MAVEN Status Update: Sept. 15, 2014
Everything continues to go well with MAVEN as it is readied for arrival at Mars on Sunday, Sept. 21. All spacecraft systems are operating nominally. We had scheduled a final Trajectory Correction Maneuver (TCM-4) for Sept. 12. However, the maneuver was cancelled because the flight path did not warrant a correction. MAVEN is right on track.
In the next few days the Mars Orbit Insertion (MOI) sequence will commence on the spacecraft. Most commands will be performed autonomously (without the need for commanding from Earth). However, there are two ground command opportunities still available to alter the spacecraft’s flight path, if necessary, in order to raise altitude for its first pass at Mars. These altitude raise decisions will be made by the project at about 24 hours and 6 hours prior to MOI, in close coordination with the navigation team and the navigation advisory group. Right now we don’t expect to need an additional maneuver because of how well the spacecraft is flying.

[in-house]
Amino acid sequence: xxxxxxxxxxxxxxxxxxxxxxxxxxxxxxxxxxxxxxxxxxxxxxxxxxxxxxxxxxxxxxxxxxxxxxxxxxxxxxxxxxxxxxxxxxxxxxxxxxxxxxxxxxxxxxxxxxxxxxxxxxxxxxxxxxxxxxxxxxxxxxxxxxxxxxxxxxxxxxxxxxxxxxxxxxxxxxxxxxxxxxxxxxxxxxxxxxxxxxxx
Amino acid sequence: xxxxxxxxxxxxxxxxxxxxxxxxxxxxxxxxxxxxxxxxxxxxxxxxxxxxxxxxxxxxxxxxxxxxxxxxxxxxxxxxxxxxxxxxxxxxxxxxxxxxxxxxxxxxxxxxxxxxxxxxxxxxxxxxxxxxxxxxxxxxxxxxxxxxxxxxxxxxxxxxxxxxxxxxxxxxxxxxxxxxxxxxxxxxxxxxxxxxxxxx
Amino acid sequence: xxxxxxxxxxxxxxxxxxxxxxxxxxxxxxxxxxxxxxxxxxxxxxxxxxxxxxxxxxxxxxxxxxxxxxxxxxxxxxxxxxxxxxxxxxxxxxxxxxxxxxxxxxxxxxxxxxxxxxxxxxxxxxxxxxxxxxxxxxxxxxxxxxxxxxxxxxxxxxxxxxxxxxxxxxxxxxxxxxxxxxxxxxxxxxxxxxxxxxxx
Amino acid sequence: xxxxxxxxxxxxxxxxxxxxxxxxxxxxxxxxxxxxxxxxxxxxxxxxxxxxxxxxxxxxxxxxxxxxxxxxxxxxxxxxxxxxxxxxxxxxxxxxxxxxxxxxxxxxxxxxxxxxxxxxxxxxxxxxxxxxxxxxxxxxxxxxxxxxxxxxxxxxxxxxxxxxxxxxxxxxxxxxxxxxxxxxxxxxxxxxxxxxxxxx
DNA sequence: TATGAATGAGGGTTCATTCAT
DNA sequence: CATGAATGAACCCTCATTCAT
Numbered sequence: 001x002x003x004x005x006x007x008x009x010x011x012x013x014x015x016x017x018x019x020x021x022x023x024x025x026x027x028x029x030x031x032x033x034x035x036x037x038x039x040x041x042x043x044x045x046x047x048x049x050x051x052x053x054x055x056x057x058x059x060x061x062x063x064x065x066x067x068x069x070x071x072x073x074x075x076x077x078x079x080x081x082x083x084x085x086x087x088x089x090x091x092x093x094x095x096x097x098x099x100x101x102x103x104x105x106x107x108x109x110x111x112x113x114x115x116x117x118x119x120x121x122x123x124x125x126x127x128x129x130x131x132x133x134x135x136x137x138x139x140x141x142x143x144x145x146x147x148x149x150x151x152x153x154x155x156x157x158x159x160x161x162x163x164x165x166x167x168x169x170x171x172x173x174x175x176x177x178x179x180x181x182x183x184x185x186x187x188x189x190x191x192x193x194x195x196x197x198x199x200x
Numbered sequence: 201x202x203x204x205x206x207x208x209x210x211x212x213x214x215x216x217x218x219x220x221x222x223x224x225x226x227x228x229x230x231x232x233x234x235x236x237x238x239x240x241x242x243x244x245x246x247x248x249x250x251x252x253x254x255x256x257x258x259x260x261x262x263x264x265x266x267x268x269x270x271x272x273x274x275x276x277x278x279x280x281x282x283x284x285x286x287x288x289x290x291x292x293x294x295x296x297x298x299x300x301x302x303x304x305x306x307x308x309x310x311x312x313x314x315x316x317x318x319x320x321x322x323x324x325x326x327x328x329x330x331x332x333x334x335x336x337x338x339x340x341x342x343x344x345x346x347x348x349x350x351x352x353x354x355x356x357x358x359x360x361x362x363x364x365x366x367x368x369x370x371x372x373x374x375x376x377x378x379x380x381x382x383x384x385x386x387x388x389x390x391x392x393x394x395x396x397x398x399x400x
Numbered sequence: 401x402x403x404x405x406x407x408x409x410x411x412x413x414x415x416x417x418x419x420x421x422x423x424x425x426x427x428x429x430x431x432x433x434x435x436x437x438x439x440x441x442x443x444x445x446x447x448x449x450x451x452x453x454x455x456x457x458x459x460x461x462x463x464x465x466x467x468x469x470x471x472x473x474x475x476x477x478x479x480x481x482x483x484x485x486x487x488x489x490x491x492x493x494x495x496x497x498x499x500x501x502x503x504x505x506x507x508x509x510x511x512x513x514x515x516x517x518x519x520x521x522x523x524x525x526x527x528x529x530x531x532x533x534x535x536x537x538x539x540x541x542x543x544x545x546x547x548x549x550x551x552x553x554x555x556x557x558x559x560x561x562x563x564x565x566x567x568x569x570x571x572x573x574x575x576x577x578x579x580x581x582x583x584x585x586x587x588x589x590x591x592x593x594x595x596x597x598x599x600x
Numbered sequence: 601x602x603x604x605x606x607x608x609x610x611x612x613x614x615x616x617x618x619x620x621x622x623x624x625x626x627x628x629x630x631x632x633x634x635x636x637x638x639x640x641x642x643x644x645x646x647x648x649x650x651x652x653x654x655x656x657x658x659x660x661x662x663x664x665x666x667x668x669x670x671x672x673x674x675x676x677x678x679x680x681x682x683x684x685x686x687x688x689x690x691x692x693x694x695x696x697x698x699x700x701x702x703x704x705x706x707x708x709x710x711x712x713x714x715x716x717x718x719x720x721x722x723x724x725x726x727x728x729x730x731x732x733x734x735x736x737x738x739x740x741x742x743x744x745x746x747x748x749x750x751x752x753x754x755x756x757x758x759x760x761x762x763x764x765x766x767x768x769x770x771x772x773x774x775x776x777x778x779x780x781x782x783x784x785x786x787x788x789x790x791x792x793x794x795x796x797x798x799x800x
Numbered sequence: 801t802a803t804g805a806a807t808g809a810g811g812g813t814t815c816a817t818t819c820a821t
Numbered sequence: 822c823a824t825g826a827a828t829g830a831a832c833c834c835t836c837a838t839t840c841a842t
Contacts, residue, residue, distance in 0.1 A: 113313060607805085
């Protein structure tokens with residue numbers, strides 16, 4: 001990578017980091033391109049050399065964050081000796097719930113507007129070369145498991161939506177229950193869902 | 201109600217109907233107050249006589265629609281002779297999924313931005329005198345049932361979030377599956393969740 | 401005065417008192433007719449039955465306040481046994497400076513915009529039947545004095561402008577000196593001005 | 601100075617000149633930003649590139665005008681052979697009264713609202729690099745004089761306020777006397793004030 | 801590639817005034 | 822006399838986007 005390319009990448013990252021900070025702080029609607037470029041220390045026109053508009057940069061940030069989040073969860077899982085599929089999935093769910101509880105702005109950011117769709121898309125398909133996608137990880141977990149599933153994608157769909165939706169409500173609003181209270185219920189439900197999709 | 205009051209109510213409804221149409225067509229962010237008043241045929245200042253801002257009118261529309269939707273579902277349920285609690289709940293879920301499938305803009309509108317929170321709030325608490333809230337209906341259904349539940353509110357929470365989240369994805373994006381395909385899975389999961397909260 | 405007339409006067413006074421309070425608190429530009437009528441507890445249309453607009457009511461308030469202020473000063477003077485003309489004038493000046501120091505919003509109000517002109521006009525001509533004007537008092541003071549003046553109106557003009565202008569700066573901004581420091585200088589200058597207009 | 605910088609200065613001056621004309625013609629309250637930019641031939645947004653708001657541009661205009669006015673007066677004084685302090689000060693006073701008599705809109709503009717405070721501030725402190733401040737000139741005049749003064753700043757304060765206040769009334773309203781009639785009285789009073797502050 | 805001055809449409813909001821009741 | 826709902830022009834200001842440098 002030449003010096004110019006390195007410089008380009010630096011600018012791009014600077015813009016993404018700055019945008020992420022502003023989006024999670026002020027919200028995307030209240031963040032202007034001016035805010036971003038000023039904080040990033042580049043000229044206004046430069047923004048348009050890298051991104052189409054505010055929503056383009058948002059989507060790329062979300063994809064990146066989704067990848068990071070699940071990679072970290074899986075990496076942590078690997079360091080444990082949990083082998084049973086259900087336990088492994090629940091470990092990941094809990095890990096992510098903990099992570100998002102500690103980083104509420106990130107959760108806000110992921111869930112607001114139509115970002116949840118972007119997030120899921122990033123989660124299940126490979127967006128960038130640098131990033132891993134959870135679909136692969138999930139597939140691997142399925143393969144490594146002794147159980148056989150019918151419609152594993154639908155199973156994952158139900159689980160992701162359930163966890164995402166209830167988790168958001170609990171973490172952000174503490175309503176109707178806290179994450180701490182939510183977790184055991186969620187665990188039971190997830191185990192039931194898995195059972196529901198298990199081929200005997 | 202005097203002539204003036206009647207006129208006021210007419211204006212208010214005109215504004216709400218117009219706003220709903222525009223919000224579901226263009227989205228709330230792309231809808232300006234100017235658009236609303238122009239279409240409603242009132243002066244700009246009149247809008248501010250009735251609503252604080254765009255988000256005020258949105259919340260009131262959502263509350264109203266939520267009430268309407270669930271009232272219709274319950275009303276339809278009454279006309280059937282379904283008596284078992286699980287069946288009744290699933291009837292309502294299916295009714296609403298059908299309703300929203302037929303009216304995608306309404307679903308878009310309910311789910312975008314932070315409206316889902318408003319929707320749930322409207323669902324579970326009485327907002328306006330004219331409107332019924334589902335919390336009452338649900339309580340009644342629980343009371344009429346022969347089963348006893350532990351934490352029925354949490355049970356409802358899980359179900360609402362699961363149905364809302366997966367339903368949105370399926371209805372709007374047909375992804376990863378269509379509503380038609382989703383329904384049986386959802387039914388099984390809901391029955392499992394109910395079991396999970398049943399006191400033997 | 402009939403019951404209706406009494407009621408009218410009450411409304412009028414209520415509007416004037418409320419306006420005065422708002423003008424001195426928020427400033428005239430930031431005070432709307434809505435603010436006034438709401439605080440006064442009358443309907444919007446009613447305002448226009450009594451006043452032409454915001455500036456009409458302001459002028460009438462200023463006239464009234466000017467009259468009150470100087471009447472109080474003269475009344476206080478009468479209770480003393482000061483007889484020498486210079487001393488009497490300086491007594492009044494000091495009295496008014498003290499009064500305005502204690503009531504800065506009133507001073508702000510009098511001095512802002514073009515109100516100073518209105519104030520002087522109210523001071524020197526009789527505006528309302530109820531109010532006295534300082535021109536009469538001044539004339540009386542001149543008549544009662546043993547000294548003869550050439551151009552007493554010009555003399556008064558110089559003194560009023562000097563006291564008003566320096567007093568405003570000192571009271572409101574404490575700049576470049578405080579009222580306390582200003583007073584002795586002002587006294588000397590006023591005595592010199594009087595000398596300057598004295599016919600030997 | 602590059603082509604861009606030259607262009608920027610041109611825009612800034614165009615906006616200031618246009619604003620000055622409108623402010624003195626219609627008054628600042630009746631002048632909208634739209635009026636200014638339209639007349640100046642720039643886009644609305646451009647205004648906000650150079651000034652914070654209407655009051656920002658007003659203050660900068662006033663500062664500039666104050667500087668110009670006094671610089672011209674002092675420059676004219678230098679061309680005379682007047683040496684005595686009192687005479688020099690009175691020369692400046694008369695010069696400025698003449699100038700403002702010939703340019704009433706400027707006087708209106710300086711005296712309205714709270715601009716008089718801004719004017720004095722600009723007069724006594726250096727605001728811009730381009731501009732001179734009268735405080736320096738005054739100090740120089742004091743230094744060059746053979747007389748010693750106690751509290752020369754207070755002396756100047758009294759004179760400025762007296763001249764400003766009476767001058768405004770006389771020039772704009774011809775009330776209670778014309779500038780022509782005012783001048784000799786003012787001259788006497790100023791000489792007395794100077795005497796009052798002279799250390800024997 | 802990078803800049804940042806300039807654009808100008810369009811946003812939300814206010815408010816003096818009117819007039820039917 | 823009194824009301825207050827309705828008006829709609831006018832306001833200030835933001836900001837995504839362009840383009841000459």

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MAVEN: Mars Atmosphere and Volatile EvolutioN
Answers About Mars Climate History
The Mars Atmosphere and Volatile EvolutioN (MAVEN) mission, scheduled for launch in late 2013, will be the first mission devoted to understanding the Martian upper atmosphere.
The goal of MAVEN is to determine the role that loss of atmospheric gas to space played in changing the Martian climate through time. Where did the atmosphere – and the water – go?
- MAVEN will determine how much of the Martian atmosphere has been lost over time by measuring the current rate of escape to space and gathering enough information about the relevant processes to allow extrapolation backward in time.
MAVEN Mars Orbit Insertion
On Sept. 21, 2014, the Mars Atmosphere and Volatile Evolution, or MAVEN, spacecraft will enter orbit around Mars, completing an interplanetary journey of 10 months and 442 million miles (711 million kilometers).
Download HD-format videos about MAVEN from NASA Goddard's Scientific Visualization Studio.